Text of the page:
Wake up, there is a dead cow in the road!
Sometimes the joy of winning an election melts quickly away in the sunshine of responsibility.
One of North Carolina’s greatest political leaders was RD McMillan Jr. He served in the General Assembly and then for many years was the University of North Carolina’s liaison to the legislature.
His first foray into politics was a run for mayor of his hometown, Red Springs in Robeson County.
The way he told the story of his first election victory went like this: After celebrating his victory on election night he went back home, tired, happy and ready for a good night’s sleep and a few days to rest up after the campaign.
His good night’s sleep was interrupted about 2 a.m. by a phone call.
Mr. McMillan asked the caller what he wanted.
“There is a dead cow in the road in front of my house,” the caller said.
“I am so sorry,” the ever polite and gracious McMillan replied. “But why did you call me about it at this hour?”
“Well,” said the caller, “you’re the mayor, ain’t you? You said you’d take care of us. So when are you going to get the cow out of the road?”
McMillan had not even been sworn in, but some people already expected him to take care of everything immediately.
After their election victories earlier in the month, Democrats are fielding some persistent “When are you going to get the cow out of the road?” calls.
When are you going to take care of the deficit? The Medicare drug program? The environment? Illegal immigration? The education crisis?
Most often they hear, when are you going to get the “Iraq cow” out of the road?
Democrats have a problem. Like Mayor-elect McMillan at 2 a.m. on the morning after his election, Democrats don’t have the power to get the dead cows out of the road by themselves.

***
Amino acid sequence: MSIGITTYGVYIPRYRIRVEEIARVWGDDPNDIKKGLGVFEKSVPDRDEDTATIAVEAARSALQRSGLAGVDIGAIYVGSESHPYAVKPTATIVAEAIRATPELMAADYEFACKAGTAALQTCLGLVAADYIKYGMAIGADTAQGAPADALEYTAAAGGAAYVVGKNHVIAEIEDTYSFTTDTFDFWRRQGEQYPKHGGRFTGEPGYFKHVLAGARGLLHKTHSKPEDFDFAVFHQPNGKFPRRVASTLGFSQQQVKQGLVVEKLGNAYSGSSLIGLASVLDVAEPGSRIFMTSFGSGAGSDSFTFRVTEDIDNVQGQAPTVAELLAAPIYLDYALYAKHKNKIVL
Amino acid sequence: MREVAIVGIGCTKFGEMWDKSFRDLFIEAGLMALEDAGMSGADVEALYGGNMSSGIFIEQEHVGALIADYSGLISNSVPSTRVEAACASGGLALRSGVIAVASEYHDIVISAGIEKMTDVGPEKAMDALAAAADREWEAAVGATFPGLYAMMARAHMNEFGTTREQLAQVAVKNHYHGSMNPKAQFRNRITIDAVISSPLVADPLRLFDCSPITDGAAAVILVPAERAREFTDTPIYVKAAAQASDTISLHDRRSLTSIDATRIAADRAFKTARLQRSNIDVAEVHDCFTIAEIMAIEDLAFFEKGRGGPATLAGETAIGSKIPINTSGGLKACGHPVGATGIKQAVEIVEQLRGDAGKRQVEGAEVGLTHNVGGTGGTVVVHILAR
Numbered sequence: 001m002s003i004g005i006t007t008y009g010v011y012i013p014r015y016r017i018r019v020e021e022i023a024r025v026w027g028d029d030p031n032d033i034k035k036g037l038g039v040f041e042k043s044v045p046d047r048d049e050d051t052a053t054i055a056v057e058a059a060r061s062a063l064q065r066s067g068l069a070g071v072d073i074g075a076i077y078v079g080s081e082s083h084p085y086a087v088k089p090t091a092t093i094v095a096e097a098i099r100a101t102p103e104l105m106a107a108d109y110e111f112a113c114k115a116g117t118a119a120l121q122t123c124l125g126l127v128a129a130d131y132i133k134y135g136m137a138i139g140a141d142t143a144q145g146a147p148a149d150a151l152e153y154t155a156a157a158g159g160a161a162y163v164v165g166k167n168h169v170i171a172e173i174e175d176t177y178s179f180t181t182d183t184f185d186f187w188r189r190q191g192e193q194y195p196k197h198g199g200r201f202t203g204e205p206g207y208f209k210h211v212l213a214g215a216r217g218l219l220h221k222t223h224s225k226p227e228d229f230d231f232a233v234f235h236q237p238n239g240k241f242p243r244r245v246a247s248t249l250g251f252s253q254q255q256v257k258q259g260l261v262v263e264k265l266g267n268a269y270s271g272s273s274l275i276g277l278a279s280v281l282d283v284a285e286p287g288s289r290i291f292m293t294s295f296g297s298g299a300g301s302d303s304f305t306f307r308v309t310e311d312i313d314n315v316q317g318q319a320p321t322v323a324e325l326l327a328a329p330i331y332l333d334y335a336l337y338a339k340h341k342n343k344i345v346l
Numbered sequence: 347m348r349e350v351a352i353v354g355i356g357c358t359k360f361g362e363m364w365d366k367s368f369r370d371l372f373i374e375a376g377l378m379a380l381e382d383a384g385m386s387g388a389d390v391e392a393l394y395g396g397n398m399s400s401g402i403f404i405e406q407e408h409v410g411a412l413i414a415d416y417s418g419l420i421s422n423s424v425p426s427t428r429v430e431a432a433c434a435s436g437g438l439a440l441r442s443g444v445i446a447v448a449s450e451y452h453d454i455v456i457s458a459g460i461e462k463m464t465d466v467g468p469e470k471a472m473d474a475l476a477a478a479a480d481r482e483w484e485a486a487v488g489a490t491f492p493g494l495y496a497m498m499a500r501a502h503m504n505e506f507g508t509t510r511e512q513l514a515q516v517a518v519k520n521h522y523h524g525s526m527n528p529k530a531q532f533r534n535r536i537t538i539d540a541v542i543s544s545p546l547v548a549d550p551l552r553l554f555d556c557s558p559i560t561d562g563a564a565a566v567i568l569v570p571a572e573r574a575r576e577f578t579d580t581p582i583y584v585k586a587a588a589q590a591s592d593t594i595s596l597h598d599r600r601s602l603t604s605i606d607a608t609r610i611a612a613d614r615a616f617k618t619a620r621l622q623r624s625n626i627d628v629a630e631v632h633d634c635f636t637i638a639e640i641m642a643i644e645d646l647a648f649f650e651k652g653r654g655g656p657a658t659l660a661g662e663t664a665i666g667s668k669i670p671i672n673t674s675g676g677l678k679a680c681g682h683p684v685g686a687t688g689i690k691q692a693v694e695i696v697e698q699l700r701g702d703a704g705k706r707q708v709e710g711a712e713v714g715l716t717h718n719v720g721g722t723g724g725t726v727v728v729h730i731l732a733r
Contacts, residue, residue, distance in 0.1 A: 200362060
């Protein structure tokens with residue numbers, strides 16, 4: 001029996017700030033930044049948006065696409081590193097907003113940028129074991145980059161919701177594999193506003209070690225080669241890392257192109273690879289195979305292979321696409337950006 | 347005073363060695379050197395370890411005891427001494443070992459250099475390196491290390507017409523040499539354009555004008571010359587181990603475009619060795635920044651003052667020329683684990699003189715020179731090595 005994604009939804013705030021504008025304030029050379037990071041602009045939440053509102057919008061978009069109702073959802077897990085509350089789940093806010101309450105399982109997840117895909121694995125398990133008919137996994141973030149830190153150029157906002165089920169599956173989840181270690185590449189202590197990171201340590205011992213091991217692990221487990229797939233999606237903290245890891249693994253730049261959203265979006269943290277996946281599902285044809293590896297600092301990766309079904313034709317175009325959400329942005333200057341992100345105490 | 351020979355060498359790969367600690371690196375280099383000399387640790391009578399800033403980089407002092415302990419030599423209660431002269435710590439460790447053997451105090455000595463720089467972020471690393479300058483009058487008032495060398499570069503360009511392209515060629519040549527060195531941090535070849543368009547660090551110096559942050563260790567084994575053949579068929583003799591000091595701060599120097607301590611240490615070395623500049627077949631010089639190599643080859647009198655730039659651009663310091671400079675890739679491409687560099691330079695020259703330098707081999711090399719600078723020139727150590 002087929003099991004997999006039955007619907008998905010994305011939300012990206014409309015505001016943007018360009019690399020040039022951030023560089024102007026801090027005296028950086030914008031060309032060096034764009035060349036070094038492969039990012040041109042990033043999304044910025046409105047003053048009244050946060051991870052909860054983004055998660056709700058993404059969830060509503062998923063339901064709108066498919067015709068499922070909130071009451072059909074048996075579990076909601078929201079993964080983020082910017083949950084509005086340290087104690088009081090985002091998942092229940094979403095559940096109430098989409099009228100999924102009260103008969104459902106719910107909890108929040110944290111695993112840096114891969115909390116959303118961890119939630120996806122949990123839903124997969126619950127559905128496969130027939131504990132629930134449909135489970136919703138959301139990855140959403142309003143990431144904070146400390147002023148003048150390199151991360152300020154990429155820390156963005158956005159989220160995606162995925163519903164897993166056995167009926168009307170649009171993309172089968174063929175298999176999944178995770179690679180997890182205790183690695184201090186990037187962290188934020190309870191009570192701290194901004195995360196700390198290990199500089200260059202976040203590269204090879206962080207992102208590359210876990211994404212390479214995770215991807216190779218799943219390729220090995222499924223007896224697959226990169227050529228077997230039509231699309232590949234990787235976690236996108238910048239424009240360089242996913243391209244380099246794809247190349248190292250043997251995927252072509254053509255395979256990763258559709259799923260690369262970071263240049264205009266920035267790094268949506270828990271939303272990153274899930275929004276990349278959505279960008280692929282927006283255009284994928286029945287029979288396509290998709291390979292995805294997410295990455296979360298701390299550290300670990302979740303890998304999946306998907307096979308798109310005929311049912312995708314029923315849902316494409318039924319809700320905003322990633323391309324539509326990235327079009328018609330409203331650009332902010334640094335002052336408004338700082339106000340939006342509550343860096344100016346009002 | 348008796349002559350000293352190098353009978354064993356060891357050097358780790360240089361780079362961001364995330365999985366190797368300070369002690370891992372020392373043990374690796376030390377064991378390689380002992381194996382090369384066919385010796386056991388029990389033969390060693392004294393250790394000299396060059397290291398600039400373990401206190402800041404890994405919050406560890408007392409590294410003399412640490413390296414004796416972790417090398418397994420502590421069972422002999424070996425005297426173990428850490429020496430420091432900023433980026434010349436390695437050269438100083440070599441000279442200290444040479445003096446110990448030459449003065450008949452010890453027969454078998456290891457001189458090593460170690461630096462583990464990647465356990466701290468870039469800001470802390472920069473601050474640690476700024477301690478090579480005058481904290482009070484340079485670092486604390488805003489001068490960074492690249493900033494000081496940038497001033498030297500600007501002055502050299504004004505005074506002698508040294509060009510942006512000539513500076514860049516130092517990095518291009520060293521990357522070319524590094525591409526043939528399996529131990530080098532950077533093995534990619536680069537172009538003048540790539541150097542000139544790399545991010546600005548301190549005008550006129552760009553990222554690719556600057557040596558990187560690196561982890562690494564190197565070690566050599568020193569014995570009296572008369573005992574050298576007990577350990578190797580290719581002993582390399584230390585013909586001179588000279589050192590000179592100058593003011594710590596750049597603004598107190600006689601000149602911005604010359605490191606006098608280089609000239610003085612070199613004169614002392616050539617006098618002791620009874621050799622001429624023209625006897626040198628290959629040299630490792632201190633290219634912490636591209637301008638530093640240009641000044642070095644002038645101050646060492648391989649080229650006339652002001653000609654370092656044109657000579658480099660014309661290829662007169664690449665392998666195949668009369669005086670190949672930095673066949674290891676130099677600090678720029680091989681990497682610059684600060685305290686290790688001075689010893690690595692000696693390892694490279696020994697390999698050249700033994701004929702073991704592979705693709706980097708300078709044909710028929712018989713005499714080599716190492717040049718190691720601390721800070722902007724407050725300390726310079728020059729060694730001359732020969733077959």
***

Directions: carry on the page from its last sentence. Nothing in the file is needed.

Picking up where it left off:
The Democrats won this year’s election contest for control of the US Congress, but they did not win the presidency. Maybe they would have won if the presidency had been on the ballot. But it was not. George W. Bush and his Republican allies are still in firm control of the executive branch of the national government.
As president, Bush has the authority and the responsibility to lead for more than two years.
Democratic control of Congress will restrict the president, but it will not replace him.
As for this notion of “control of Congress,” the Democratic majority is too slim to drive through much important legislation without the cooperation of some Republicans. Nor will the Democrats be able to override a presidential veto without lots of help from Republican colleagues.
So how are the Democrats going to get all the dead cows off the road?
Maybe they can work toward the solution of some of the country’s most pressing problems by working the way successful small town mayors do it. To get things done in small towns, mayors have to gain the support of their communities. They have to build solutions on good sense rather than partisanship.
To help Democrats work with (and work on) the president to find a better approach to Iraq and the Middle East, they must work across party lines. An obvious potential partner is former Republican senator and Defense Secretary Bill Cohen. Cohen came to Raleigh last week as a part of the General Hugh Shelton Leadership Forum at North Carolina State University.
With his broad experience in defense and diplomatic matters, Cohen has learned that the nation can best be served by taking the least bad choice when there are no good ones. The least bad choice for Iraq is probably pretty bad, but it is almost certainly better than our president’s current one of seeking the kind of total “victory” that is no longer a possibility.
With a willingness to listen to the wisdom of Republicans like Cohen and the determination to build coalitions across party lines, Democrats may find a way to persuade the president to adjust his course so that, together, we can get a rope around that “Iraq cow” and pull it out of the road.